The introduction of Bedaquiline, the first new antimycobacterial drug in over 40 years, has highlighted the critical importance of medication adherence in drug-resistant tuberculosis (DR-TB) treatment to prevent amplified drug-resistance and derive sustained benefit. Real-time electronic dose monitoring (EDM) accurately measures adherence and allows for titration of adherence support for anti-retroviral therapy (ART). The goal of this study was to evaluate the accuracy and acceptability of a next-generation electronic pillbox (Wisepill RT2000) for Bedaquiline-containing TB regimens.
Eligible patients were DR-TB/HIV co-infected adults hospitalized for the initiation of Bedaquiline-containing treatment regimens in KwaZulu-Natal, South Africa. A one-way crossover design was used to evaluate levels of adherence and patient acceptance of EDM. Each patient was given a Wisepill device which was filled with ART, Levofloxacin or Bedaquiline over three consecutive weeks. Medication adherence was measured using Wisepill counts, patient-reported seven-day recall, and weekly pill count. An open-ended qualitative questionnaire at the end of the study evaluated participant acceptability of the Wisepill device.
We enrolled 21 DR-TB/HIV co-infected inpatients admitted for the initiation of Bedaquiline from August through September 2016. In aggregate patients were similarly adherent to Bedaquiline (100%) compared to Levofloxacin (100%) and ART (98.9%) by pill count. Wisepill was more sensitive (100%) compared to seven-day recall (0%) in detecting non-adherence events (p = 0.02). Patients reported positive experiences with Wisepill and expressed willingness to use the device during a full course of DR-TB treatment. There were no concerns about stigma, confidentiality, or remote monitoring.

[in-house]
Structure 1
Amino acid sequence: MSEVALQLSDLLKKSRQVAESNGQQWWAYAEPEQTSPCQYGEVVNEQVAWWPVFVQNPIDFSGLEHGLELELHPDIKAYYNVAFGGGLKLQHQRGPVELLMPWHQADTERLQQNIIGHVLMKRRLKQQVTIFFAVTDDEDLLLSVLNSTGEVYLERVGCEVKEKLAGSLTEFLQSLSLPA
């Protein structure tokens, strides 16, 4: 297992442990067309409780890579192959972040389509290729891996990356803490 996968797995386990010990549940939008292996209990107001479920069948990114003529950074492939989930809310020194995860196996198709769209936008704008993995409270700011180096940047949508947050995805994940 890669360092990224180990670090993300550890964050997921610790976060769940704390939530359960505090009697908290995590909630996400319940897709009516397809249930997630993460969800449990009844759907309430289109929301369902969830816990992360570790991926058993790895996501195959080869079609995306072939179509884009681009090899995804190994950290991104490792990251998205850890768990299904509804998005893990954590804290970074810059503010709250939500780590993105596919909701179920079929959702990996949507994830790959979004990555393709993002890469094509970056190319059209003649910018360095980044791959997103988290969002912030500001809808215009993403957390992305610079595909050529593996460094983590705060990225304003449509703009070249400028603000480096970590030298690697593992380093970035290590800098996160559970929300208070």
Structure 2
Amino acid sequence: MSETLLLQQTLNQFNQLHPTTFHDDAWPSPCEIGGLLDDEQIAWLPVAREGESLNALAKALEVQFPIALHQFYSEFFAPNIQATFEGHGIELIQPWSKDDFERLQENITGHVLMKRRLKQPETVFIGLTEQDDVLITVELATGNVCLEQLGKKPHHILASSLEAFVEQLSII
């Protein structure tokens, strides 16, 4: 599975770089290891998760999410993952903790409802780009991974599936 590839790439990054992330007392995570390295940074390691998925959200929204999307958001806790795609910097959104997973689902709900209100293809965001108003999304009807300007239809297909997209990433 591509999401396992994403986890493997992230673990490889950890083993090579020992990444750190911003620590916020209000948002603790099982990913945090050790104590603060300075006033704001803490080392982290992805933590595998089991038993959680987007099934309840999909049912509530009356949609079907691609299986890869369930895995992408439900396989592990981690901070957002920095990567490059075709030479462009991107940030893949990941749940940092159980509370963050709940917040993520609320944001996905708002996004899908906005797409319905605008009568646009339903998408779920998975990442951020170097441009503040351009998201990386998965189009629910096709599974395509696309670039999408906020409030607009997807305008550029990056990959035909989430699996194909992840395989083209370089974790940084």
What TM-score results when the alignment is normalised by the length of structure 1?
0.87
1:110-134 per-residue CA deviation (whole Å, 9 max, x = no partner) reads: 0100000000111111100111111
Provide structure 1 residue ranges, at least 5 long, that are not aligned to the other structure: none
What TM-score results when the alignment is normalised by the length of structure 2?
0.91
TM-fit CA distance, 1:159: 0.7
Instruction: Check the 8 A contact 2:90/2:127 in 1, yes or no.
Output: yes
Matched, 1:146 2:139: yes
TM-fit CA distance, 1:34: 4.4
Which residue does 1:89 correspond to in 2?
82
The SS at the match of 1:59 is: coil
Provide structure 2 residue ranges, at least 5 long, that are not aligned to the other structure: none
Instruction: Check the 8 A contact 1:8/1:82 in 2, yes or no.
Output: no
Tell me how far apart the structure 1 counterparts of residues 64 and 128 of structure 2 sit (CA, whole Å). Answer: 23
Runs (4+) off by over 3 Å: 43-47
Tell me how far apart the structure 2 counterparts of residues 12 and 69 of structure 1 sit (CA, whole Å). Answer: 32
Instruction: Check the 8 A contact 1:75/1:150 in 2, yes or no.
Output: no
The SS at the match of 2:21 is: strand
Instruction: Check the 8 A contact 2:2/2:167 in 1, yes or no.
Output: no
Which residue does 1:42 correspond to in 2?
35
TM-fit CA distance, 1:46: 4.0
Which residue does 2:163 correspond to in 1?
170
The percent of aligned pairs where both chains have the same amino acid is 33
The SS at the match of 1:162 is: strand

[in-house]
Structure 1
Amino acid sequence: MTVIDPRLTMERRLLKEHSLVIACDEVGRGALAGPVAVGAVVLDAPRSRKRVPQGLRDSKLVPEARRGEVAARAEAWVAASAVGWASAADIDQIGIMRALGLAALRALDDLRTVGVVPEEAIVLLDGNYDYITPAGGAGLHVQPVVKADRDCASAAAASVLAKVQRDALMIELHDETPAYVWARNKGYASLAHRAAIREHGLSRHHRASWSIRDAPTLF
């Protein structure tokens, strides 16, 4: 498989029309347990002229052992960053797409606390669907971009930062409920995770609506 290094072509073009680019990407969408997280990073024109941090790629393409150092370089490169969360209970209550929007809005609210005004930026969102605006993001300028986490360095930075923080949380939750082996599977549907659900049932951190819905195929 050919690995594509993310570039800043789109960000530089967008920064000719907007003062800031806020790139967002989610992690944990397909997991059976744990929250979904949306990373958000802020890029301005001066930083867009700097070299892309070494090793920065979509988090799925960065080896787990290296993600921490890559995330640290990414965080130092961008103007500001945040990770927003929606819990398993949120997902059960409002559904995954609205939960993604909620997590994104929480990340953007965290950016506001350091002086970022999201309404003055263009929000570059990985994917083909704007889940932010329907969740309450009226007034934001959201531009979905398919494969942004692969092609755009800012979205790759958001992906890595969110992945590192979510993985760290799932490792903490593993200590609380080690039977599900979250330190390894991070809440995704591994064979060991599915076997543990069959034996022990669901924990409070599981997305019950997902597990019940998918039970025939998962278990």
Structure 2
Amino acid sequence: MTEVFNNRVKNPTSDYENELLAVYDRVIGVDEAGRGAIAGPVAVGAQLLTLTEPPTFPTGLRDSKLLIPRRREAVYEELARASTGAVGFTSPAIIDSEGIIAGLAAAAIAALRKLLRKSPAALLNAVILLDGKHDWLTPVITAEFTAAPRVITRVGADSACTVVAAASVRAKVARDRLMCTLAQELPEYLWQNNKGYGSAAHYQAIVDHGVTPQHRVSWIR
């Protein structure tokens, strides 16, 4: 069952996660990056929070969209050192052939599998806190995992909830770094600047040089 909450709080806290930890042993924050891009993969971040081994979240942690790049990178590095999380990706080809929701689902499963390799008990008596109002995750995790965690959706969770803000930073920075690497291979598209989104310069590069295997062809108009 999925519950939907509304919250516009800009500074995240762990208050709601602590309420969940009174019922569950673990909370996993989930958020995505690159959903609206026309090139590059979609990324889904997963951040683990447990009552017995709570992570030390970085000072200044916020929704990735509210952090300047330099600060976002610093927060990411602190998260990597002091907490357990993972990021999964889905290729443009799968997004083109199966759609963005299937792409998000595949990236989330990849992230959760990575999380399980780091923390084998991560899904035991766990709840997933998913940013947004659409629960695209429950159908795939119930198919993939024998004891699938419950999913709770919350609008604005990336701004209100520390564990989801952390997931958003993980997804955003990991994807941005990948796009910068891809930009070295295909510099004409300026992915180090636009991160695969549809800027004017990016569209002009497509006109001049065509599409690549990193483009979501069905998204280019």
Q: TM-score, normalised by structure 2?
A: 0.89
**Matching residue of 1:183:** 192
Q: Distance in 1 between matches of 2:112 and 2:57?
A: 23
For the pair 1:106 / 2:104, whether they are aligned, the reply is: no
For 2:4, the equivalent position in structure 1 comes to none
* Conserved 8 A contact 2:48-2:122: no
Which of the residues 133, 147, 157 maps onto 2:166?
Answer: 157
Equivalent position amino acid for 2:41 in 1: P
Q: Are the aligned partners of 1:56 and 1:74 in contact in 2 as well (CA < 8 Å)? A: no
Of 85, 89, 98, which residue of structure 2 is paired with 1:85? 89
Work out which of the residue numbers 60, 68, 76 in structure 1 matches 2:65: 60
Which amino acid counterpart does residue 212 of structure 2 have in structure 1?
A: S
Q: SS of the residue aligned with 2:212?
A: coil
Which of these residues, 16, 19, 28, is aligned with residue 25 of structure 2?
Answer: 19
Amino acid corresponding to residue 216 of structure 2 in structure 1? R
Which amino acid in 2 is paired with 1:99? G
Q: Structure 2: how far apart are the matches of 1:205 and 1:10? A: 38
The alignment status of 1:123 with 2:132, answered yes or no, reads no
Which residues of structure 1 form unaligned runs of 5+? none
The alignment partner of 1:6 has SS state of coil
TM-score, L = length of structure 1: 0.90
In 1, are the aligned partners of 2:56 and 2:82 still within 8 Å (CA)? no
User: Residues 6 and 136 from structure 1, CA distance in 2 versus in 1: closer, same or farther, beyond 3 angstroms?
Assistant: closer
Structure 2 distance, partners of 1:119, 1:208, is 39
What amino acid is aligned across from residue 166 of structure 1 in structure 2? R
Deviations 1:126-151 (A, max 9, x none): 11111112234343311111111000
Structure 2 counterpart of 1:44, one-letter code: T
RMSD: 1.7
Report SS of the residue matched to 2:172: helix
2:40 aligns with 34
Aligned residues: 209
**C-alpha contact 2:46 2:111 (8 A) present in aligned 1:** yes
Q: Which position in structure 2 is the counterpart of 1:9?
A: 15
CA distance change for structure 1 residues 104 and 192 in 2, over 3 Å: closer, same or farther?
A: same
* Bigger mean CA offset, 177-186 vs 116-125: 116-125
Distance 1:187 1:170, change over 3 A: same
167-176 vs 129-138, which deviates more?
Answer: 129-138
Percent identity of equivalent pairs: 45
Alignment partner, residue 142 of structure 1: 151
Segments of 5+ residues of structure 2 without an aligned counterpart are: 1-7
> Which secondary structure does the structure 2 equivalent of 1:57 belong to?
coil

In this pilot study patients were highly adherent to Bedaquiline by all adherence measures. However, there was lower adherence to ART by pill count and Wisepill suggesting a possible challenge for adherence with ART. The use of EDM identified significantly more missed doses than seven-day recall. Wisepill was highly acceptable to DR-TB/HIV patients in South Africa, and is a promising modality to support and monitor medication adherence in complex treatment regimens.”
Tags: Amico, BMC Infectious Diseases, Bionghi, Daftary, Friedland, Maharaj, Msibi, O'Donnell, Orrell, Padayatchi
Full Citation: BMC Infectious DiseasesBMC series – open, inclusive and trusted201818:171 https://doi.org/10.1186/s12879-018-3080-2